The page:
Like tides on the ocean, it is a consequence of the tidal forces (if the claim is correct at all which I am verifying now). Tidal forces result from inhomogeneities of the gravitational acceleration.
If we approximated the external gravitational acceleration $\vec g$ caused by the Moon or the Sun to be constant all over the Earth and its vicinity, the Earth and all its parts would just "freely fall" and one couldn't feel the effect of the Sun or the Moon at all.
However, the field $\vec g$ isn't quite uniform – it points to the direction of the center of the Sun or the Moon (instead of having parallel lines); and it decreases as $1/r^2$ with the distance from the Sun or the Moon.
When the Moon is overhead, the points in your head (closer to the Moon) have a greater $\vec g$ than those in your feet. This difference tries to make your body stretch in the vertical direction, relatively speaking. This goes the sea level goes up at this point. Because of the even symmetry, the sea level also goes up if the Moon is directly underfoot. However, on the maximum circle in between these two extreme points on the Earth defined by the Moon, the effect is reverted and the sea level goes down.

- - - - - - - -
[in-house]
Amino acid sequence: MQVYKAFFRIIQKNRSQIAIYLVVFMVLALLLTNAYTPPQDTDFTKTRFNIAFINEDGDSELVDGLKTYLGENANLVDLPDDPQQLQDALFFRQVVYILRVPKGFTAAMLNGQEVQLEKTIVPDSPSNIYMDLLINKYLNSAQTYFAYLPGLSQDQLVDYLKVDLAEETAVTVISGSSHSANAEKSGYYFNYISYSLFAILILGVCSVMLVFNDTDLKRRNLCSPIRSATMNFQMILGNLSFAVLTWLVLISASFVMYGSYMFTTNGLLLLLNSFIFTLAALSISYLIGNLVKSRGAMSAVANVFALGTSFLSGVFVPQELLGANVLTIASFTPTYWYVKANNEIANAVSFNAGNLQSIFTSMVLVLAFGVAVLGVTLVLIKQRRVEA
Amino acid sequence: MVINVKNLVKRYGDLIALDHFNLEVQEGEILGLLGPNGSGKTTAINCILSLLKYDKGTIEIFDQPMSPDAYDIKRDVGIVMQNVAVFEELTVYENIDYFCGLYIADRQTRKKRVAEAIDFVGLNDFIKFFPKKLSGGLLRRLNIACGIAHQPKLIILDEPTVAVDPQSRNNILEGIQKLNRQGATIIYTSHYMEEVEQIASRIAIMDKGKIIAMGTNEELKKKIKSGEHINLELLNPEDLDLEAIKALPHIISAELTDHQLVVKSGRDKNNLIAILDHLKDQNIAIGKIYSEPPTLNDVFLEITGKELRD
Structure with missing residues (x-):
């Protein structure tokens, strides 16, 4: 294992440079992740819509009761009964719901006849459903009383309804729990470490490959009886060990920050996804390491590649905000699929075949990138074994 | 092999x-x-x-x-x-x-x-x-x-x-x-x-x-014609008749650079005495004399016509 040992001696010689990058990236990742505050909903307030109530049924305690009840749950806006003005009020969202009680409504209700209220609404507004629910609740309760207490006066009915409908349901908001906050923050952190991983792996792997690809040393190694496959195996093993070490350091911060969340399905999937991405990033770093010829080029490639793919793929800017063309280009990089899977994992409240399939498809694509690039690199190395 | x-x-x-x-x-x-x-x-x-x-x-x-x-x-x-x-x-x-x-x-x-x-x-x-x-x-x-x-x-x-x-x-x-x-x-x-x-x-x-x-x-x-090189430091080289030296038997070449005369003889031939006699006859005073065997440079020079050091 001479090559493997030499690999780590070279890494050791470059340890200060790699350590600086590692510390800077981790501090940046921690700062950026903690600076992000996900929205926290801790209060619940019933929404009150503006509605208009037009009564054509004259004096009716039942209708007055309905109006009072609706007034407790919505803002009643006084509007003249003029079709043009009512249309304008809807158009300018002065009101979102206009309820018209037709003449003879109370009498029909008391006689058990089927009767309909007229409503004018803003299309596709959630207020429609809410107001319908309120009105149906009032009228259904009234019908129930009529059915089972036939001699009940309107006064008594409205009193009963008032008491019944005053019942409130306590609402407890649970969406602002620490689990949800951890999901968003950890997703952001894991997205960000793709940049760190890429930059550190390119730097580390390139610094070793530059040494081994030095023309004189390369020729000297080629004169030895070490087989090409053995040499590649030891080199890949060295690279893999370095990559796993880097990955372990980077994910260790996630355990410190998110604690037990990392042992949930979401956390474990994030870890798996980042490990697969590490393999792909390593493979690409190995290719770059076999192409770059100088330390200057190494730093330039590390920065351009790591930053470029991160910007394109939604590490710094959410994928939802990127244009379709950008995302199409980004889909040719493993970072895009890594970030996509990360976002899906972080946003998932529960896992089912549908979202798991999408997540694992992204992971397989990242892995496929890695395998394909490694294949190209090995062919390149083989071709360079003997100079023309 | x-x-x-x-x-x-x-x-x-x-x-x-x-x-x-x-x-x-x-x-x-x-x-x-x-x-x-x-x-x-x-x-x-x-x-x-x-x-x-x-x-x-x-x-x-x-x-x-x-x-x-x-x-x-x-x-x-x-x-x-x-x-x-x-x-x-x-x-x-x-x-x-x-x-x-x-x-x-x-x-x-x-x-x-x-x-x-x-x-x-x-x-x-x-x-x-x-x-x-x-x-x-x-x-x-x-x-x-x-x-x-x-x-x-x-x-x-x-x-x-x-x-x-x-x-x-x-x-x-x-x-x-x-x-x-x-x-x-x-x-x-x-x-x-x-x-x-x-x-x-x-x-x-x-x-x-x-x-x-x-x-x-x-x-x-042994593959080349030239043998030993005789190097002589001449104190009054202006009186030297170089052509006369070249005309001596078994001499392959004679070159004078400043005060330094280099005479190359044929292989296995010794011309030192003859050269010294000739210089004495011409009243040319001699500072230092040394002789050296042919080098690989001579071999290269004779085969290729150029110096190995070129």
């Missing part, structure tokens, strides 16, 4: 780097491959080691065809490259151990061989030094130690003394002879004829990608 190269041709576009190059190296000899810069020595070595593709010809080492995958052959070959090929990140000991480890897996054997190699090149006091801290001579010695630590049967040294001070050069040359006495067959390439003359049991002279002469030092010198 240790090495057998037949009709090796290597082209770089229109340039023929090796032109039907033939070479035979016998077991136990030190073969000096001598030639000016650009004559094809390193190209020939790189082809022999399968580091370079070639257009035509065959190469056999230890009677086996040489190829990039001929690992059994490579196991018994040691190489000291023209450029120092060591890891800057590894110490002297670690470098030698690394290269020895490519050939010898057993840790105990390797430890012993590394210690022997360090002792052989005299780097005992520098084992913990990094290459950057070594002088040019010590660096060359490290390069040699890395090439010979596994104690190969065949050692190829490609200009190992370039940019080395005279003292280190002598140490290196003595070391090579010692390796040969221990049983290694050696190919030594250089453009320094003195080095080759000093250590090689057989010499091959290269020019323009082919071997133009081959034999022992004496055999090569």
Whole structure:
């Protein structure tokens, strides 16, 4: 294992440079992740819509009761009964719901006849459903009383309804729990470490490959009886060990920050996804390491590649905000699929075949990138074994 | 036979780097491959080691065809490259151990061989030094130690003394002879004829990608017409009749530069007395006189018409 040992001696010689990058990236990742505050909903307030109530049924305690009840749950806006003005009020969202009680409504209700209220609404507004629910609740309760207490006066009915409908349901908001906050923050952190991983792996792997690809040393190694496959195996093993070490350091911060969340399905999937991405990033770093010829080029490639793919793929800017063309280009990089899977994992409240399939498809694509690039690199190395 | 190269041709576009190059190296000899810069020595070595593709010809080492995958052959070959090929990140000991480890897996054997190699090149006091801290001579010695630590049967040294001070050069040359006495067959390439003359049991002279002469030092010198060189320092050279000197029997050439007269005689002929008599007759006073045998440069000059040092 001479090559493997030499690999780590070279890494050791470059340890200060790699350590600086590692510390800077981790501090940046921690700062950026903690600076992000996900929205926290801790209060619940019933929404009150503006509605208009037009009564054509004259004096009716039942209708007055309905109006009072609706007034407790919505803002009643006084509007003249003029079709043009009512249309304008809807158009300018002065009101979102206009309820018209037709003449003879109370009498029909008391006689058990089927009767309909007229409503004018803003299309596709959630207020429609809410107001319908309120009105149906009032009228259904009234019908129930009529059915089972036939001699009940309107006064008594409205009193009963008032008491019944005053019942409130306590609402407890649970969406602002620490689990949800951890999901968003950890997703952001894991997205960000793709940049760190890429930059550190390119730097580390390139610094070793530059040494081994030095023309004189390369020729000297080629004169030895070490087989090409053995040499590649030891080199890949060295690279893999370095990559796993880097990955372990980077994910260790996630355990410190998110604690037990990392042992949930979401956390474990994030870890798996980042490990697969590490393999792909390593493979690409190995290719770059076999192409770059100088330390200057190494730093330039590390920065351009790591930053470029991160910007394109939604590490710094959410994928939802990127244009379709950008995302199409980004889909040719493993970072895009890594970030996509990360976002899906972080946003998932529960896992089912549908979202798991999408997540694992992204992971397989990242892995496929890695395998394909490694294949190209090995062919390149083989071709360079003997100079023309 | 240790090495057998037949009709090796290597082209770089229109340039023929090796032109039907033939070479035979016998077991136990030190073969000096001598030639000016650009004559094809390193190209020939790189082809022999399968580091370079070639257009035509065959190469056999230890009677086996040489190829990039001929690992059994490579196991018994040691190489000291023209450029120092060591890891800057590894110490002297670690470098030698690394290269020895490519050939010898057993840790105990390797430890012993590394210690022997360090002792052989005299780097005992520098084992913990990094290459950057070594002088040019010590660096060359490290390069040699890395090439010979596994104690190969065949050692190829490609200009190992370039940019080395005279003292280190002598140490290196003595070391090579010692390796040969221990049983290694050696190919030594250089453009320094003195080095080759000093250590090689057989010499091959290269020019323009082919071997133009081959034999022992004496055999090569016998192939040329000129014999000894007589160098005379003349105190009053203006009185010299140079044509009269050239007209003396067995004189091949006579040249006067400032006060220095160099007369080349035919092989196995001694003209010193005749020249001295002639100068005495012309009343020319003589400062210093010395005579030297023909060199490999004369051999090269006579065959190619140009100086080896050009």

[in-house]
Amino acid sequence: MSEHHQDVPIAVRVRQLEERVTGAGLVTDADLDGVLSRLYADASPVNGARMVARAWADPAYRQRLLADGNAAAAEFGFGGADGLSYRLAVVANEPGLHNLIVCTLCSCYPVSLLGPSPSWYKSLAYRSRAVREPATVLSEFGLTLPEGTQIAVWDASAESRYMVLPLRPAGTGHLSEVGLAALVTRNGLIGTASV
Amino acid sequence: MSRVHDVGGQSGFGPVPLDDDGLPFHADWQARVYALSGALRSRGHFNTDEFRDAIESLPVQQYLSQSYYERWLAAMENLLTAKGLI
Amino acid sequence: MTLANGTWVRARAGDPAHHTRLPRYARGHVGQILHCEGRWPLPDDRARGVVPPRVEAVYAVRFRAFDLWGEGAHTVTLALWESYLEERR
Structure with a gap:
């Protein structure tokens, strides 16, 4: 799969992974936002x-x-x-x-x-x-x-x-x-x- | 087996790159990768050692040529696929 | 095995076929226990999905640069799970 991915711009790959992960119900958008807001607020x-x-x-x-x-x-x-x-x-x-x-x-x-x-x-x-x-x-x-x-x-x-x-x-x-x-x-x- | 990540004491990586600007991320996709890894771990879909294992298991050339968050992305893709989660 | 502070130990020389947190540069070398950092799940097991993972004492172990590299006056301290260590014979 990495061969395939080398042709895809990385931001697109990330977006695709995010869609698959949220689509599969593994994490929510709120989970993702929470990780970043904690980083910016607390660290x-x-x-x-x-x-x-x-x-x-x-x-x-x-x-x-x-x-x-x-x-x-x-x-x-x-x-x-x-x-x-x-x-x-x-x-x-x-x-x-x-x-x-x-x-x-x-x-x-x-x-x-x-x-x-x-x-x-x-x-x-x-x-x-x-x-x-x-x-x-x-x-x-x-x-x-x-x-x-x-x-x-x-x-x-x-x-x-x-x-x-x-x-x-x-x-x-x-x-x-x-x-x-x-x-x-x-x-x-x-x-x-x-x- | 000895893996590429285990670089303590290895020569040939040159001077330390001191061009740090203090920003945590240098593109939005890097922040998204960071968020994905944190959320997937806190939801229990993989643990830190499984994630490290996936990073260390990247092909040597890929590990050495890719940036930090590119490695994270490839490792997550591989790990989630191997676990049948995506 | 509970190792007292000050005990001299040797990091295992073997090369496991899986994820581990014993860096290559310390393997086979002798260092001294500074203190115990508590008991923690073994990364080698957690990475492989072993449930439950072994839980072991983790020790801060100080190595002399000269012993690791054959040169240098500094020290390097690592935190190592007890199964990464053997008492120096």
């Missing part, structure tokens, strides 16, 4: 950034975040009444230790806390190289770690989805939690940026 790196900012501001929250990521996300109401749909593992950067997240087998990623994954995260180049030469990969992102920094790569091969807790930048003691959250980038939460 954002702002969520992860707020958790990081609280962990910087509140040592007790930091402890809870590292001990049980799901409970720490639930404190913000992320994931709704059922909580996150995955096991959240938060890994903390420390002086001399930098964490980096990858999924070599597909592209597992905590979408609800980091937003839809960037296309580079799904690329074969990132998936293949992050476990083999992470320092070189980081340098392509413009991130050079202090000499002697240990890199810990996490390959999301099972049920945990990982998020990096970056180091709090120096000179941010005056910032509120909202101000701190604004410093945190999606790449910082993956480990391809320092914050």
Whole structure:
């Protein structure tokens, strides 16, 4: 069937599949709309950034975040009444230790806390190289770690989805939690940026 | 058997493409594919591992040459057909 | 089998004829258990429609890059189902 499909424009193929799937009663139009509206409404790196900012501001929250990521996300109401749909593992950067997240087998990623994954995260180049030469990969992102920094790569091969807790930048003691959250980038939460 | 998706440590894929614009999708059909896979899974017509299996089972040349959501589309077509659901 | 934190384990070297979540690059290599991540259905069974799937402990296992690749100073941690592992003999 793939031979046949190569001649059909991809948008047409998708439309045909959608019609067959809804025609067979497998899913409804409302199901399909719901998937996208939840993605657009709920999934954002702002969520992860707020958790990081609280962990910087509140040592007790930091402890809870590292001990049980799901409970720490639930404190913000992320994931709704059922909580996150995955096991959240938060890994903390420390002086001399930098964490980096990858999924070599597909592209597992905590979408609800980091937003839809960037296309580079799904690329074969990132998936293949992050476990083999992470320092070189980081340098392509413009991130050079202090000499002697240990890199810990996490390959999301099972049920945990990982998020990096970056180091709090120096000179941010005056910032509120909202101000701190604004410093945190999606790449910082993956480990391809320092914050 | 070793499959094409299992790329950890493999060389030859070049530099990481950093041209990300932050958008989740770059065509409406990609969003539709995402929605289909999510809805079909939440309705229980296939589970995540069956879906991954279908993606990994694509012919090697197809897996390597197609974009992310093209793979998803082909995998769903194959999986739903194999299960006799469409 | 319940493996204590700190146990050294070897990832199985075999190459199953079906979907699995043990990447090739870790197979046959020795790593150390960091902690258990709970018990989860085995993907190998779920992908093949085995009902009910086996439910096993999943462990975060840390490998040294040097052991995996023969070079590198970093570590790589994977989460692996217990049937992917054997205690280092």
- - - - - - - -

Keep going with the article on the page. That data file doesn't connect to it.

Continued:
These people argue that the same "stretching" acts on the atmosphere as well. It's somewhat plausible but it seems to me that the difference of the pressure will only be equivalent to the 1-meter-or-so change of the altitude that you get from the increased sea level i.e. from the deformation of the equipotential surfaces. Due to omnipresent oscillations, this change pressure by 0.01% should be almost unobservable.
Addition: the paper in Geophysical Research Letters is here:
They claim that the main effect of the tidal forces is on the relative humidity and the effect may actually be seen in the precipitation data.